Friday, October 1, 2010

Annabel and dogs and school and misunderstandings

As I was coming down to the final days before adopting Annabel, several urged me to write a blog about the experience. I could not imagine how you could do that. Thankfully google made it very easy and I started writing, A sister for Grace, as that was the focus, adopting a sister for Grace. I don't think I am the exception in not fully understanding and/or appreciating just how valuable each addition to a family can be. My primary goal was to ensure that Grace had a "family" in case something happened to me and a sister seemed to be the best solution.

Two years later I can tell you that not only does Grace have a sister, but I have an amazing daughter who continues to overwhelm me with her huge strides in learning, her kindness, her energy, her humor, and thankfully now, her love.

Part of what has amazed me about Annabel is her relationship to our dogs.

I write about them some, but to explain where and how they came about adds to this story.

Two and a half years ago I had to have my dog Buster put down right before Thanksgiving. It was very sad, but with the addition of Grace in my life, my priorities and focus had shifted to her instead.

Two days after Thanksgiving, while visiting the mall, we came across the SPCA exhibit and the cutest terrier looking dog, just the right size, was out there wagging his tail, hoping someone would love him and take him home. Unfortunately I was with my sister Lisa, who has become a dog nut, not a doughnut, and she urged me to check it out.

The people who run these exhibits are VERY smart and when they had us hooked in with the cute terrier, they pulled out his sister, who looked more like a dust mop and was considerably smaller and seemed a little psychotic even from the start. How could I consider taking one without the other???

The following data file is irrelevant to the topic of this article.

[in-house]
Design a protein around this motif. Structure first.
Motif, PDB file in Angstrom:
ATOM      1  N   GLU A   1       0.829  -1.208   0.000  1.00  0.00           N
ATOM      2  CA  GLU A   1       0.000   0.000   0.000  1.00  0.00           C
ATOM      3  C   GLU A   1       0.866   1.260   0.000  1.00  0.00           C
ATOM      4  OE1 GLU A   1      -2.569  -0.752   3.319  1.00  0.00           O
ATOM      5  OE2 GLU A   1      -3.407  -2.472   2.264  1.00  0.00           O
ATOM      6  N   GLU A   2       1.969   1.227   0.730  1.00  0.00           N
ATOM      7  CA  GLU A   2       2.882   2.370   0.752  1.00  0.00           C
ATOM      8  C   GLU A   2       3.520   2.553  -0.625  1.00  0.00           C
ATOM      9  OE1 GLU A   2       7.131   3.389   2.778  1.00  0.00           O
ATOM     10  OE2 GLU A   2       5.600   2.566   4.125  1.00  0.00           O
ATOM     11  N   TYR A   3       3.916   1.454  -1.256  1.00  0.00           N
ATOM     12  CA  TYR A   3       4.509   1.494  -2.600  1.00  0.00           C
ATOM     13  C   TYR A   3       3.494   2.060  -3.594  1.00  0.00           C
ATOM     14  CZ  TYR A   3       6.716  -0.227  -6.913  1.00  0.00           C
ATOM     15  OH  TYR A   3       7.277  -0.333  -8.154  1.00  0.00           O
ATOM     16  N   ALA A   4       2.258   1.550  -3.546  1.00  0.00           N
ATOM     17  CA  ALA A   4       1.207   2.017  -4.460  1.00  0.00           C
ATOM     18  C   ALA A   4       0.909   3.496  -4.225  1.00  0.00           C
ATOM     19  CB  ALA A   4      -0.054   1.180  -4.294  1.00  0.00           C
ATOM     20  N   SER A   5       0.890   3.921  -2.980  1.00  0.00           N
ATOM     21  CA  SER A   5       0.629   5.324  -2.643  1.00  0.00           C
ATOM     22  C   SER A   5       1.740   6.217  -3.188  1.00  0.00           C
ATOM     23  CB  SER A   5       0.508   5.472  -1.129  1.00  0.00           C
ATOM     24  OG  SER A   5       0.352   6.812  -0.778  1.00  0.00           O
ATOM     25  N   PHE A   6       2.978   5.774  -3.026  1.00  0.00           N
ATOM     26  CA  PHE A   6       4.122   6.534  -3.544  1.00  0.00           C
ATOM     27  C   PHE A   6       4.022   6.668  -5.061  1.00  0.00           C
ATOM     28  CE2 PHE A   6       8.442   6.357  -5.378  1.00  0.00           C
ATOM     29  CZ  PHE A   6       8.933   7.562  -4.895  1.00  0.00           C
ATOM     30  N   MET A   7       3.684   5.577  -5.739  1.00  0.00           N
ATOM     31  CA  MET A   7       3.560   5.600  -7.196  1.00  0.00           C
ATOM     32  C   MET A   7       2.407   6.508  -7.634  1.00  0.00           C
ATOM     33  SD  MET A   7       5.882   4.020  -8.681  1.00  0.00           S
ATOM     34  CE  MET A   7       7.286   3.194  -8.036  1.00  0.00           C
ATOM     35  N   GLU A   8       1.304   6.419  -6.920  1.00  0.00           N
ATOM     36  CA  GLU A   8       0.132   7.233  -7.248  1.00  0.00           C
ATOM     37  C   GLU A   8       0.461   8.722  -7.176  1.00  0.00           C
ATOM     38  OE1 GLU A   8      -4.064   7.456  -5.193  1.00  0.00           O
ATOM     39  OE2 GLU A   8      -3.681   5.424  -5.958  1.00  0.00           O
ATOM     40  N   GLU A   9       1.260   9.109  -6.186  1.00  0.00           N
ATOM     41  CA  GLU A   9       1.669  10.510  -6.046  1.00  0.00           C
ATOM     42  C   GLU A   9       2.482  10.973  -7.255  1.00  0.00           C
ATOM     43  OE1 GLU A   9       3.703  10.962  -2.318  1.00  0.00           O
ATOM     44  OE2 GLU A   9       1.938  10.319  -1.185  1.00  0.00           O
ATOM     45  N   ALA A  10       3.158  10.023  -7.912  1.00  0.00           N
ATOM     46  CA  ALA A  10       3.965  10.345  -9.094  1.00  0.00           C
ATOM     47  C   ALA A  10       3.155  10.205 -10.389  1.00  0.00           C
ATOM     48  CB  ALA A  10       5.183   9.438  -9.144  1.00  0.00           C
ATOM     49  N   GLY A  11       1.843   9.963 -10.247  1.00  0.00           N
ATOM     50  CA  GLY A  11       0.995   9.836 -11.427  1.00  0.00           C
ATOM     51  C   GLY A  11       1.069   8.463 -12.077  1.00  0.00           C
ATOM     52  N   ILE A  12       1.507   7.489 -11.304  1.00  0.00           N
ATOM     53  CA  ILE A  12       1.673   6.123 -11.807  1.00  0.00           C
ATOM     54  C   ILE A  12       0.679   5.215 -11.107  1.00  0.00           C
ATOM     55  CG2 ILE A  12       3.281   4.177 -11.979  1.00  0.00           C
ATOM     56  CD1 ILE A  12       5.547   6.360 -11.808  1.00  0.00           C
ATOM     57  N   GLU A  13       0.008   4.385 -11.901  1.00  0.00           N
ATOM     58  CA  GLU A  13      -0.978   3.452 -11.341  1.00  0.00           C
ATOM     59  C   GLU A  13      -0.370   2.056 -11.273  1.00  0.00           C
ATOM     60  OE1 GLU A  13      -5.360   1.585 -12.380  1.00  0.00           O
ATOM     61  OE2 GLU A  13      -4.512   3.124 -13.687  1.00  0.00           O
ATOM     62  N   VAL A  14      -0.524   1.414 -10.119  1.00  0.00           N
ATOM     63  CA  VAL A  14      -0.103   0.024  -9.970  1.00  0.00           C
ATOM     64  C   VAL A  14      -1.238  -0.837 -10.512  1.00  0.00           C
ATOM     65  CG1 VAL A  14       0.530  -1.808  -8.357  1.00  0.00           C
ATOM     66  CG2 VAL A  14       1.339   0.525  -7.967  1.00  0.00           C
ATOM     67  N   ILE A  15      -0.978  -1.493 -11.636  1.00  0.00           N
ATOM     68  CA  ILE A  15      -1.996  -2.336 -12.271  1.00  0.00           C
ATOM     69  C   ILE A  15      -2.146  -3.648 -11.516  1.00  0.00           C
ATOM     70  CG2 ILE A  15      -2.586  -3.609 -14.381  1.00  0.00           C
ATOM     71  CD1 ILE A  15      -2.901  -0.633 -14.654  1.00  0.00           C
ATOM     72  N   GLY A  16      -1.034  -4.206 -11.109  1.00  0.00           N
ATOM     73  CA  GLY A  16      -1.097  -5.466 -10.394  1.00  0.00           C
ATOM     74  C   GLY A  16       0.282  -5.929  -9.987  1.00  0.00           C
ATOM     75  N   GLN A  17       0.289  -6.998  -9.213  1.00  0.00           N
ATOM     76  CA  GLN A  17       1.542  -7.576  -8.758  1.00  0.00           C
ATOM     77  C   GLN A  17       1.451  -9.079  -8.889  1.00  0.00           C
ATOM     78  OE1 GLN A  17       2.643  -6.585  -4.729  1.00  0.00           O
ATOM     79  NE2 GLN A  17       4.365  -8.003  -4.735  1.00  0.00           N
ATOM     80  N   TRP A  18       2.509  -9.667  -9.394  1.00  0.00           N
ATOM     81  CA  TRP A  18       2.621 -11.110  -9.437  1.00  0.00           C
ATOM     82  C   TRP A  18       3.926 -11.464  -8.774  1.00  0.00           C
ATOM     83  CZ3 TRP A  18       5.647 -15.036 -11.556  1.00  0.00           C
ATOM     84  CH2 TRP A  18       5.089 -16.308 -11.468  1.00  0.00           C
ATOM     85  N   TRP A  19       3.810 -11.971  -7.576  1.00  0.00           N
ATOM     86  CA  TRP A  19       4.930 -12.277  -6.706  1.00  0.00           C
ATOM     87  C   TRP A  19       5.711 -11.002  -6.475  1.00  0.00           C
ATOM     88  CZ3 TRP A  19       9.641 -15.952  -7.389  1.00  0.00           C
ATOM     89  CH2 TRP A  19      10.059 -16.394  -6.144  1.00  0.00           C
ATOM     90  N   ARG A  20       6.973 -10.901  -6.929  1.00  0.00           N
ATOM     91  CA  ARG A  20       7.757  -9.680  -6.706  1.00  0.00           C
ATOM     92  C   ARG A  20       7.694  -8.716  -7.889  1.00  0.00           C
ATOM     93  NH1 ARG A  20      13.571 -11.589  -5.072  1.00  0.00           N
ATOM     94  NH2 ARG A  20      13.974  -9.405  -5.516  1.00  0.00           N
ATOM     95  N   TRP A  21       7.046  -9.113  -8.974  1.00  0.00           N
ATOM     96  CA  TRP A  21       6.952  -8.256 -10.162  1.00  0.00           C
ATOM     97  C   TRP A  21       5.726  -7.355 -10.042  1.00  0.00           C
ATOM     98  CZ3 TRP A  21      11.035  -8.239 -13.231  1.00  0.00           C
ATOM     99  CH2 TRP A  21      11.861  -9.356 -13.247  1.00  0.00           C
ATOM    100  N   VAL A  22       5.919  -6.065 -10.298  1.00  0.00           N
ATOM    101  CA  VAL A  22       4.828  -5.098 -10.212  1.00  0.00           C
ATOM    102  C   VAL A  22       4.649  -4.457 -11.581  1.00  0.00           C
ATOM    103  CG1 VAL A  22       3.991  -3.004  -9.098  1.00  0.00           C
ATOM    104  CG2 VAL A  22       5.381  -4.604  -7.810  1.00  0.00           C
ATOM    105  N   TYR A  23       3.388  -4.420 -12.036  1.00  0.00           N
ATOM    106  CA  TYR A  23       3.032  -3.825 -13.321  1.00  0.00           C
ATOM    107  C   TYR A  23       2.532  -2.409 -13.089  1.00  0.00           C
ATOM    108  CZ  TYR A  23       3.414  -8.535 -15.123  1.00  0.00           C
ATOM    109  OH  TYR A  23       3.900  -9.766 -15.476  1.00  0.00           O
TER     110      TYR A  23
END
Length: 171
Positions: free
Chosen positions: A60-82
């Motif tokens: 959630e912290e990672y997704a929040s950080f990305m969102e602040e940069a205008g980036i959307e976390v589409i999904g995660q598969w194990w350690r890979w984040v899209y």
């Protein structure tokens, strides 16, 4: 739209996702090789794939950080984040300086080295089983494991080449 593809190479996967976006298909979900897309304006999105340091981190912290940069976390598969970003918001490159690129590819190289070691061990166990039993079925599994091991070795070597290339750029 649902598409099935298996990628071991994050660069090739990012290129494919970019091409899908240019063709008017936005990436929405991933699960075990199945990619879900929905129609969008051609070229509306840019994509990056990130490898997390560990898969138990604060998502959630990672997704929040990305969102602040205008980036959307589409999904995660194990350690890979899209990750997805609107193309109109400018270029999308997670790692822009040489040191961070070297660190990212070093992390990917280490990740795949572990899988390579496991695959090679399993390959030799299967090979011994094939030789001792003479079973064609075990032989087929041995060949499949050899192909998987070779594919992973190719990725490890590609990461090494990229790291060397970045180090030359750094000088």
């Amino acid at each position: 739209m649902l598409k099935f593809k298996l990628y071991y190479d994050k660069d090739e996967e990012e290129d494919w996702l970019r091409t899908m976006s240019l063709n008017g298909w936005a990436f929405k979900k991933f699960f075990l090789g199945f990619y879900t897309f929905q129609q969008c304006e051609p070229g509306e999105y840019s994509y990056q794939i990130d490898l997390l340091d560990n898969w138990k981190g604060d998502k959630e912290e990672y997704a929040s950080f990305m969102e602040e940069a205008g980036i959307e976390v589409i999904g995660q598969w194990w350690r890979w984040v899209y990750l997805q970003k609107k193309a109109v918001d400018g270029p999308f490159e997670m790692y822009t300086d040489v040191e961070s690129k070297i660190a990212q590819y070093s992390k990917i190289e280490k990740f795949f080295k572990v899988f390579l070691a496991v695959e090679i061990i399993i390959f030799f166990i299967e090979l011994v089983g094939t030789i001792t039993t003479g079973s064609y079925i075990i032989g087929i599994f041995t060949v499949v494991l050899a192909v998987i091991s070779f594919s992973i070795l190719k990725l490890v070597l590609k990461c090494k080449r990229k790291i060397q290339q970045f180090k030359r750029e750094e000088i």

So we "adopted" Nina and Ollie and almost immediately I knew why their previous family had taken them to the shelter: they were just bad dogs. They both bark constantly and bite every chance they get.

Only if your daughter is adopted and the term "adopted" has been used on these animals, how can you take them back? I mean, how much would the psychiatrist bill be for permanently scarring my daughter making her think that if she did not work out, I would take her back.

So we persevered. A dog trainer was called and this is when I knew these dogs were smart. They behaved PERFECTLY while she was here. But the second, I mean the very second, she got into her car, they started back to their old ways, barking and biting.

A second visit was no better and she could not understand what my problem with the dogs was so we persevered.

Then as the time to travel to China got closer, my Dad, for just the second time ever, shook his finger at me and told me I had to get rid of those dogs before I brought Annabel home as they would scare her to death and terrorize her and who knows what else!

I couldn't, but I did take Nina to a dog therapist who agreed to put her on medication for her biting, which has helped, some....

Anyway, we return from China, I go pick up the dogs, and inside the house Annabel is waiting.

We have no common language and it has been difficult to try to act out that we have these dogs and they live with us in our house and they are not dinner.